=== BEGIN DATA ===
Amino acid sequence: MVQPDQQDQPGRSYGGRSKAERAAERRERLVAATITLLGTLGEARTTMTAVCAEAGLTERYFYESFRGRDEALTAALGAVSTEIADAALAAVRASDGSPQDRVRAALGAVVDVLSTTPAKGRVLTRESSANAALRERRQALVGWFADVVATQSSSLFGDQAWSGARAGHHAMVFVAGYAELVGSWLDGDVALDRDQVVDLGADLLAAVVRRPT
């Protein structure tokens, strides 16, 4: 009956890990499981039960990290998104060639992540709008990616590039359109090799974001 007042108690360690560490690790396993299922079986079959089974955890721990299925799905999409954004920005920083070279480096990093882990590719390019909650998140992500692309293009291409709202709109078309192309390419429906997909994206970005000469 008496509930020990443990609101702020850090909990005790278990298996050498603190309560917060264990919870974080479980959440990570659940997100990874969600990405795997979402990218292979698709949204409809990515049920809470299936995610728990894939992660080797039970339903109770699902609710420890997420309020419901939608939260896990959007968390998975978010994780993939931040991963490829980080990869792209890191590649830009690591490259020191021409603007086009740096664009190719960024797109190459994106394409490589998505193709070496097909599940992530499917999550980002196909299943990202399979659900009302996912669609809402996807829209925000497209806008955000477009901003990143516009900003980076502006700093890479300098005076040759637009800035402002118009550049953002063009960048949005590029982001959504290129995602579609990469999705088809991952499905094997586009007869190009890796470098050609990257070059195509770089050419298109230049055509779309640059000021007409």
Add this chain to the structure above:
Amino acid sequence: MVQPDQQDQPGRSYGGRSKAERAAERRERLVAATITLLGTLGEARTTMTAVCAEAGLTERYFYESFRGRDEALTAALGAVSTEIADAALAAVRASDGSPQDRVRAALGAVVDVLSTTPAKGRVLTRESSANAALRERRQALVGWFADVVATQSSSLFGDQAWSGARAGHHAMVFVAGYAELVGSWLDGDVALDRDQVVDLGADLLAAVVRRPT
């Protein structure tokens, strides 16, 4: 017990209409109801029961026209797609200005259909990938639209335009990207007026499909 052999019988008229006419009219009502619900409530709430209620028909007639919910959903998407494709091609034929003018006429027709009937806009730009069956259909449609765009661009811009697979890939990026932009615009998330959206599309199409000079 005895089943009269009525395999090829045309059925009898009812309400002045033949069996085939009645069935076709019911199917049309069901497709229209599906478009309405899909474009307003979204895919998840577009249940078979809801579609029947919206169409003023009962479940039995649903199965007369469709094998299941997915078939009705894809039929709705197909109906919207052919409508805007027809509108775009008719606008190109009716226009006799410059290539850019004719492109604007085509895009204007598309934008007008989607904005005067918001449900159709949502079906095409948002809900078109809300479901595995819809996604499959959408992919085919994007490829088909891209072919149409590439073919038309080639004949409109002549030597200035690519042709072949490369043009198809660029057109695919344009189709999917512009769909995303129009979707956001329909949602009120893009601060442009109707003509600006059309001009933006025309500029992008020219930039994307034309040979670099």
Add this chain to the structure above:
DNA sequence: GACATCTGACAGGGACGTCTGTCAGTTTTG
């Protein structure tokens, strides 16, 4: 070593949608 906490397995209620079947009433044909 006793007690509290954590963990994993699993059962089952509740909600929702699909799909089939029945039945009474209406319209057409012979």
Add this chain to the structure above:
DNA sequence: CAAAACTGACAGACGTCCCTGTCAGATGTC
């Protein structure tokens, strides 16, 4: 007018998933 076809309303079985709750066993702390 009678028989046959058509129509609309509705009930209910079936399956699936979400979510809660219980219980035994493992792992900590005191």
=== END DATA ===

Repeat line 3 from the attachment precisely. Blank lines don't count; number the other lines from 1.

Add this chain to the structure above: